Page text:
“The two factors that we owe our continual success to are reinvesting and reinventing,” Barba said. “The salon is a platform for us to understand what people want to see in our neighborhood. Walden Parkway is a really cool nook, a hidden gem.”

When The Blossom Boys closed their business, Barba and Schickel were immediately interested in what would go into the space, ultimately deciding to take it on as an extension of their salon. “If you don’t keep evolving with what’s new and what people see going on in other places, people won’t stay here,” Barba said. “Our investment is seeing to it that the potential [of our block] becomes a reality. We want this block to evolve and cater to the neighborhood and bring things that people want and will use.”

Barba intends for the shop to be an open ended creative space. So far, Tranquility has hosted two music events under their Beverly Music Initiative’s Backyard Project. “We wanted to get the ball rolling to shine a light on great musicians — both local and beyond — and bring it right to our neighborhood. It’s the perfect setting to bring people together in a common place that is not a bar,” Barba said. “We wanted to provide a space for the neighborhood to have good music and try to raise money to turn our backyard into a sustainable venue.”

Barba is set on making Tranquility about more than just hair. “It’s not just a salon to us, we want to create greater ways to bring people together in our space. You don’t necessarily need to come here as a client, but you can still be a part of it,” she said.

Details are pending, but Tranquility plans to host the High Point Festival as part of a community-wide bike ride on July 29. The party will include a live concert in the backyard.

99th and Walden has undergone a lot of changes. B-Sides Coffee + Tea will open in August at 9907 S. Walden. Sweet Freaks, another Walden Parkway staple, moved to 9927 S. Wood St. to expand their offerings and produce all of their goods on site. Replacing Sweet Freaks on Walden is Capsule, a clothing store expected to open in September.

 

 

BAPA Member Profile: The Riordan Family

Ann Marie and Dan Riordan are new BAPA members who decided that membership was the clear way to support the neighborhood. “We love the Beverly community and we’re so proud to be residents,” Ann Marie said. “We are so impressed with the work Margot [Holland] has done as BAPA director and the direction she’s taken the organization. That motivated us to be BAPA members.”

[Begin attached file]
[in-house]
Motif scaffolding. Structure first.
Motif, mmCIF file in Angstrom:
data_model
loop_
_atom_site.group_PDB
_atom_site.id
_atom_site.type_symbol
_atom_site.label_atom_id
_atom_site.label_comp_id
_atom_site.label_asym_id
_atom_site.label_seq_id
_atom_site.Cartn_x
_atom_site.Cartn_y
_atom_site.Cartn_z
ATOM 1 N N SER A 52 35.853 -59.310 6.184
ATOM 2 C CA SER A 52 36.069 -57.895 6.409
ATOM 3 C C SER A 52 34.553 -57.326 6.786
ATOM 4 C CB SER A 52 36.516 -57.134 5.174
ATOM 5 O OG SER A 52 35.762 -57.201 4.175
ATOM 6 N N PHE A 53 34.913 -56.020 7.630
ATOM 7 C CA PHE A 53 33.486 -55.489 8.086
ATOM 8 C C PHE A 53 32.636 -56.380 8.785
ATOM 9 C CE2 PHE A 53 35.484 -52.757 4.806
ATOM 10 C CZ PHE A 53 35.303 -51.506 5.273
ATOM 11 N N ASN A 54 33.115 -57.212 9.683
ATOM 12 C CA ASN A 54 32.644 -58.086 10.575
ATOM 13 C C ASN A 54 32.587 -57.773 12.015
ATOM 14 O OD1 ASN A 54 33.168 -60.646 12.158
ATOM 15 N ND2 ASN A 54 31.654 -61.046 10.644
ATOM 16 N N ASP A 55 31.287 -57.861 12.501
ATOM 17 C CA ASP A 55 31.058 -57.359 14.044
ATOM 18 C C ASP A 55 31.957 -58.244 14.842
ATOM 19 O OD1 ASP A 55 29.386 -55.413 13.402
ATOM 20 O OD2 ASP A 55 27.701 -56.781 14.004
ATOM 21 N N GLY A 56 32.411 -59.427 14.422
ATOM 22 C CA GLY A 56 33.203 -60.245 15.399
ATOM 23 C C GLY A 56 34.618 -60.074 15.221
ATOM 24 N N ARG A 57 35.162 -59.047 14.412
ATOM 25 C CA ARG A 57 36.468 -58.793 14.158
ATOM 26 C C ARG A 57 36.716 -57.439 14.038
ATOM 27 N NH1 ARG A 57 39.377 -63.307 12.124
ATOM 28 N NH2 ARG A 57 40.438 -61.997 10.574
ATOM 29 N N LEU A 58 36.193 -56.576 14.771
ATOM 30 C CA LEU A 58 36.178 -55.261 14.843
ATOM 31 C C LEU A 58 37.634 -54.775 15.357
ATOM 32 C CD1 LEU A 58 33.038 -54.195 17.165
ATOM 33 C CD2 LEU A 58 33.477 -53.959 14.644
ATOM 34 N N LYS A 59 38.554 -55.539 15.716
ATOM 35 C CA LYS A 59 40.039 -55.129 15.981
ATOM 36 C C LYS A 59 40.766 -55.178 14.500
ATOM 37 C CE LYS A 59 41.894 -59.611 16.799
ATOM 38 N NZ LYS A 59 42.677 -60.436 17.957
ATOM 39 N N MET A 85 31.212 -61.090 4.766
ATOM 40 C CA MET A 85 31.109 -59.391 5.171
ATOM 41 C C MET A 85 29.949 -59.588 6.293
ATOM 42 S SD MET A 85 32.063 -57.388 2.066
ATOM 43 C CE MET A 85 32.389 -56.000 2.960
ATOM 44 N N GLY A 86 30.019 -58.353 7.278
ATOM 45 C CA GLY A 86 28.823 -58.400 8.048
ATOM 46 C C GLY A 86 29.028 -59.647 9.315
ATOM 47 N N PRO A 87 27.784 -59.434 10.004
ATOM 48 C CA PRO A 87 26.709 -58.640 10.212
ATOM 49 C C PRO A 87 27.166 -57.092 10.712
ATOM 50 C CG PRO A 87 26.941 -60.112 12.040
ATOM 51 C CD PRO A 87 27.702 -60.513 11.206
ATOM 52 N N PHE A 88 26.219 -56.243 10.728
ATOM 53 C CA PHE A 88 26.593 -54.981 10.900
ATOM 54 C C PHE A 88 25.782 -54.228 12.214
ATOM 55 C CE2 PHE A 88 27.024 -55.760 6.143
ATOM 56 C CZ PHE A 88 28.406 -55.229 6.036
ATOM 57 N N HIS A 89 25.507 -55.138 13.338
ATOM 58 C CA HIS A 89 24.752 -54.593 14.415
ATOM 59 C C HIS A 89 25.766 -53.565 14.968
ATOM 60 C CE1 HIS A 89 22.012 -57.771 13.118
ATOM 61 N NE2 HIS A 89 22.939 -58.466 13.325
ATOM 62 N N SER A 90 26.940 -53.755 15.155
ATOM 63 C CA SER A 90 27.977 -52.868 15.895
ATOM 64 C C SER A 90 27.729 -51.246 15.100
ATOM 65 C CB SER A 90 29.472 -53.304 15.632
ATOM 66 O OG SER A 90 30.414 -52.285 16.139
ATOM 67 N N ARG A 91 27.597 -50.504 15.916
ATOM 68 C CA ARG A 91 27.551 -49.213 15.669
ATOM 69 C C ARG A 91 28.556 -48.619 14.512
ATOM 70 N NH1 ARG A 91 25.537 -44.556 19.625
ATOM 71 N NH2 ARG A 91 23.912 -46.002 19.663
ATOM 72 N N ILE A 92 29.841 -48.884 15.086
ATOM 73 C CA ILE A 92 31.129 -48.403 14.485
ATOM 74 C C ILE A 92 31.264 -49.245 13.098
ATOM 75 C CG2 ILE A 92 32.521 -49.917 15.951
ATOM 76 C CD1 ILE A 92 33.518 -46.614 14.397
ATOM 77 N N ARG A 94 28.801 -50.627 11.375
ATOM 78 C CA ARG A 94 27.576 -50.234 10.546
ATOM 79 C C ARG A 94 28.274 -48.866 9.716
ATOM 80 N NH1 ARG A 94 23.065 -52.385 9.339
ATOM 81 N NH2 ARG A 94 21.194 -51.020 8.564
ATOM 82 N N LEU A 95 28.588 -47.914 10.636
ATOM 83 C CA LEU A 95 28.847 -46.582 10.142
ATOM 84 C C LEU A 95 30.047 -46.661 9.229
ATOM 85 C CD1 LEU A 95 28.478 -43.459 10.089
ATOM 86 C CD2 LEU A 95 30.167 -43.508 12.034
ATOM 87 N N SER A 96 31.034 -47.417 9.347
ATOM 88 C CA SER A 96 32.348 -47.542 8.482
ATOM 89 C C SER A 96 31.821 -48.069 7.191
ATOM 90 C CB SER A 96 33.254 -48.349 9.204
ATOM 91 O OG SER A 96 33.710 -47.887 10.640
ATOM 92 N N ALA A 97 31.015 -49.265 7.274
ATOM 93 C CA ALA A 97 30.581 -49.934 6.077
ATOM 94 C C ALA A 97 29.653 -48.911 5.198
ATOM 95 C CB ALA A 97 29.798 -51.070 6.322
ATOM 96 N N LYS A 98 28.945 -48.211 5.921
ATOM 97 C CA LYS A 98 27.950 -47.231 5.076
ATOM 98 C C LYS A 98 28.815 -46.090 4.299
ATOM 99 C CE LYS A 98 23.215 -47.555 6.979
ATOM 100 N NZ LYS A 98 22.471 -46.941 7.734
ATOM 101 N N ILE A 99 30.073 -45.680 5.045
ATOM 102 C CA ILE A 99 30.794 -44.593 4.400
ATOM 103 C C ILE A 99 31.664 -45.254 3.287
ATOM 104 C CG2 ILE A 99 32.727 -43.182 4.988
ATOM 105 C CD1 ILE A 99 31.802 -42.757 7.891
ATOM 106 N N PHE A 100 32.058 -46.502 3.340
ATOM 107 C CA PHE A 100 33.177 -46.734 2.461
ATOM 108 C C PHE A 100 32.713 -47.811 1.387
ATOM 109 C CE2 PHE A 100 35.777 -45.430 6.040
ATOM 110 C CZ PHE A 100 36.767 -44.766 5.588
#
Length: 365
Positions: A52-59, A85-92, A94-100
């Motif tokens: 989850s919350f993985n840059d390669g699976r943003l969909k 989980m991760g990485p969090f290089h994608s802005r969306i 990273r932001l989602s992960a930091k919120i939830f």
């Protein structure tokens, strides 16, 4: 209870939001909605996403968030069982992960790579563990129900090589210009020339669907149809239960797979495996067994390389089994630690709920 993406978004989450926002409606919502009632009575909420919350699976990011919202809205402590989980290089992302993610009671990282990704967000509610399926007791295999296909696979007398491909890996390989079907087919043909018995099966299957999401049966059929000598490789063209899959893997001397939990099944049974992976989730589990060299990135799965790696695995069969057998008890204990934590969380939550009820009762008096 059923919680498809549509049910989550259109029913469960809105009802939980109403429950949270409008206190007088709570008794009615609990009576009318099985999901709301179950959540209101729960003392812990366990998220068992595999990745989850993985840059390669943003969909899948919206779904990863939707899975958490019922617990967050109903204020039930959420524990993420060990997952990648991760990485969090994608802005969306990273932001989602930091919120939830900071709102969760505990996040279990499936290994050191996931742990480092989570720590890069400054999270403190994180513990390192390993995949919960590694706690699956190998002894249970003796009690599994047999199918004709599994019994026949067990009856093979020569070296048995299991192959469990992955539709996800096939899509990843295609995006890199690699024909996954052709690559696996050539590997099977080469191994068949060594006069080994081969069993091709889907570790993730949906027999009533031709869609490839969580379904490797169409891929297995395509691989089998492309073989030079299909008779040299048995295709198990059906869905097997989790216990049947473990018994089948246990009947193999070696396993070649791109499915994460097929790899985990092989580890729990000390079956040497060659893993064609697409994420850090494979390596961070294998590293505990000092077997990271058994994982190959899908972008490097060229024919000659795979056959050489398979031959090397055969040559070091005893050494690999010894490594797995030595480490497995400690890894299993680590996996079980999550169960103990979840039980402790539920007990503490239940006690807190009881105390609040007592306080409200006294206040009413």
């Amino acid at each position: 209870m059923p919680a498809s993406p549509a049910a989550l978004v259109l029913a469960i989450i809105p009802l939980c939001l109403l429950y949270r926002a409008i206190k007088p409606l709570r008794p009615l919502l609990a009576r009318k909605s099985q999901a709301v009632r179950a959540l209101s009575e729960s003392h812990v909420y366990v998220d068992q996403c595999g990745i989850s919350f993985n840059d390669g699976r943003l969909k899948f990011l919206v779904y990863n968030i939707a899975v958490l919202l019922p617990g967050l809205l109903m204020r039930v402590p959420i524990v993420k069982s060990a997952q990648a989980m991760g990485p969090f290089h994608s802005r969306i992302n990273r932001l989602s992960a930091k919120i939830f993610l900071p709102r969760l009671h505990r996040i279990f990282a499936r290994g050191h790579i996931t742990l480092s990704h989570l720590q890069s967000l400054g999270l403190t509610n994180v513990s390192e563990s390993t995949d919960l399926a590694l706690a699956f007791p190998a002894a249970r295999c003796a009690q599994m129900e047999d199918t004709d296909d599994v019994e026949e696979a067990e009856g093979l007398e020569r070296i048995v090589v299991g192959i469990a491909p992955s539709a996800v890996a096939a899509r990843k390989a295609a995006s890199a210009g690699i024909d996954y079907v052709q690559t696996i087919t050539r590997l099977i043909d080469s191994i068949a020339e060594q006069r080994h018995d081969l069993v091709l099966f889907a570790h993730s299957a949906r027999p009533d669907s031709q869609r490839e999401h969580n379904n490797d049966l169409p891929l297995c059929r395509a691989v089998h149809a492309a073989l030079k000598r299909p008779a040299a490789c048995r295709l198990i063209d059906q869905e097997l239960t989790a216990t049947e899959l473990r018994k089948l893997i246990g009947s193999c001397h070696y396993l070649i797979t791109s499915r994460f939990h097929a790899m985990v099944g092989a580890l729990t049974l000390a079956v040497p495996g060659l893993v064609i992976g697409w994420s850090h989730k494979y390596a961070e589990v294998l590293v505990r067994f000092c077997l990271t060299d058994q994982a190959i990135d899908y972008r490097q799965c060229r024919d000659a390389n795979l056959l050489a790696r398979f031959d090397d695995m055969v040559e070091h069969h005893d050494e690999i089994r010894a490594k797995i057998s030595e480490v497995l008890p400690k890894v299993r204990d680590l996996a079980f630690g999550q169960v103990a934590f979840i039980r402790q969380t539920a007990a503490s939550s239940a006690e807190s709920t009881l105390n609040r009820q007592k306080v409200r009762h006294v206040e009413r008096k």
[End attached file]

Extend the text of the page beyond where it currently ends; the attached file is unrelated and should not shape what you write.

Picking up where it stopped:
The Riordans take part in many BAPA-sponsored events in the community, but it’s the Ridge Run that holds a special place in their family tradition. “The Ridge Run is the highlight of our Memorial Day weekend. We run it, along with our four kids, and it’s a great community event that we all really look forward to,” Ann Marie said. Tommy (16), Jack (14), Nora (12) and Nicholas (9) all run the 5K with their parents, typically with energy to spare.

Tommy attends Reavis High School in Burbank, part of District 220 which Dan is the superintendant of. Jack, Nora and Nicholas attend Christ the King School, where Ann Marie is principal. “We obviously love Beverly, and CK is a big part of it,” Ann Marie said.

Ann Marie loves the fact that so many generations of people have brought up their families in Beverly/Morgan Park. While neither Ann Marie nor Dan grew up here, they hope that their kids decide to keep up the neighborhood tradition of moving back to start their own families.

The Riordans credit BAPA for keeping them, and the rest of the community, on track to maintain the neighborhood and community as a whole. “BAPA concentrates on beautification and getting us together for social events, which is so important,” Ann Marie said. “BAPA helps us all keep our focus; we all want the same goal and without BAPA driving it, I don’t know how organized we would be in accomplishing all of the initiatives that BAPA does.”

BAPA Member Profile” The Duggan Family

Paul and Debbie Duggan, along with their twin 16-year-old daughters, have made their family home in Beverly/Morgan Park since 1980. The Duggans are avid supporters of BAPA and are happy to support the organization that puts our community on the map.

“It’s a great community organization that adds value to the Beverly area,” Paul said. “It’s a voice for the village and it helps represent the neighborhood’s needs and wants.”

The Duggans particularly look forward to the Ridge Run and Memorial Day Parade. “I love the community spirit; these types of community events bring a good feeling and you know that we live in a unique place,” Paul said.

Paul recognizes BAPA’s publicity efforts that bring attention to our South Side neighborhood. “People [further north] don’t always know what Beverly is, but when they find it they fall in love with it. Beverly is a nice community with large lots and the Metra runs through it, making it a great place to live since it’s easy to get downtown.”

When the Duggans adopted their daughters from China, Paul was particularly aware of the way the community welcomed the girls into the fold. “It’s a neat place to raise a family because it’s so inclusive. The nature of our community is that everyone’s welcome. I think BAPA contributes to that feeling of inclusivity in the community,” he said. “There are a lot of adopted kids from all over in this neighborhood, and each one is welcome. We’re very lucky to live here and I have no intentions of ever leaving!”